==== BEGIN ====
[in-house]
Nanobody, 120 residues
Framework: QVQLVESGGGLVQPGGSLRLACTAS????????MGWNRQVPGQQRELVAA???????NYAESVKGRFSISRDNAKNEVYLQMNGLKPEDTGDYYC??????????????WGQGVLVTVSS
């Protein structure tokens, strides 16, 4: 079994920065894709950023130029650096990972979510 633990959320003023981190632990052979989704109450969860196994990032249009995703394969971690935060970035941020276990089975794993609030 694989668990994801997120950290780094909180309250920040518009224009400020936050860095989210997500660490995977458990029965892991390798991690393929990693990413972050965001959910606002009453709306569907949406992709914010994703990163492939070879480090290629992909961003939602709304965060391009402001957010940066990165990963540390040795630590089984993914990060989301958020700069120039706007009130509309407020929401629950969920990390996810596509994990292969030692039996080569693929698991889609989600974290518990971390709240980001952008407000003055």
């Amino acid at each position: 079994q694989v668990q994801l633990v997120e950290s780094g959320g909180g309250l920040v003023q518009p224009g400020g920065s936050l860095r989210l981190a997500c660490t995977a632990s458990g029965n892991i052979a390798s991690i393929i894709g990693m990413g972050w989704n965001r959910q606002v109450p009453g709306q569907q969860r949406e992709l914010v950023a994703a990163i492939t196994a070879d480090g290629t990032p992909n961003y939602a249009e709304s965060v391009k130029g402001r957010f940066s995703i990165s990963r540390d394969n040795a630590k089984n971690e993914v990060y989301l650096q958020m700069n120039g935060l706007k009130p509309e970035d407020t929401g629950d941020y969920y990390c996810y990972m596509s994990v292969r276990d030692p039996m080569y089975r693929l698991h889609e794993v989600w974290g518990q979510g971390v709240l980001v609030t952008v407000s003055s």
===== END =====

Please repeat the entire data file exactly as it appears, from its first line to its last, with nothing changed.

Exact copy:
[in-house]
Nanobody, 120 residues
Framework: QVQLVESGGGLVQPGGSLRLACTAS????????MGWNRQVPGQQRELVAA???????NYAESVKGRFSISRDNAKNEVYLQMNGLKPEDTGDYYC??????????????WGQGVLVTVSS
């Protein structure tokens, strides 16, 4: 079994920065894709950023130029650096990972979510 633990959320003023981190632990052979989704109450969860196994990032249009995703394969971690935060970035941020276990089975794993609030 694989668990994801997120950290780094909180309250920040518009224009400020936050860095989210997500660490995977458990029965892991390798991690393929990693990413972050965001959910606002009453709306569907949406992709914010994703990163492939070879480090290629992909961003939602709304965060391009402001957010940066990165990963540390040795630590089984993914990060989301958020700069120039706007009130509309407020929401629950969920990390996810596509994990292969030692039996080569693929698991889609989600974290518990971390709240980001952008407000003055």
């Amino acid at each position: 079994q694989v668990q994801l633990v997120e950290s780094g959320g909180g309250l920040v003023q518009p224009g400020g920065s936050l860095r989210l981190a997500c660490t995977a632990s458990g029965n892991i052979a390798s991690i393929i894709g990693m990413g972050w989704n965001r959910q606002v109450p009453g709306q569907q969860r949406e992709l914010v950023a994703a990163i492939t196994a070879d480090g290629t990032p992909n961003y939602a249009e709304s965060v391009k130029g402001r957010f940066s995703i990165s990963r540390d394969n040795a630590k089984n971690e993914v990060y989301l650096q958020m700069n120039g935060l706007k009130p509309e970035d407020t929401g629950d941020y969920y990390c996810y990972m596509s994990v292969r276990d030692p039996m080569y089975r693929l698991h889609e794993v989600w974290g518990q979510g971390v709240l980001v609030t952008v407000s003055s």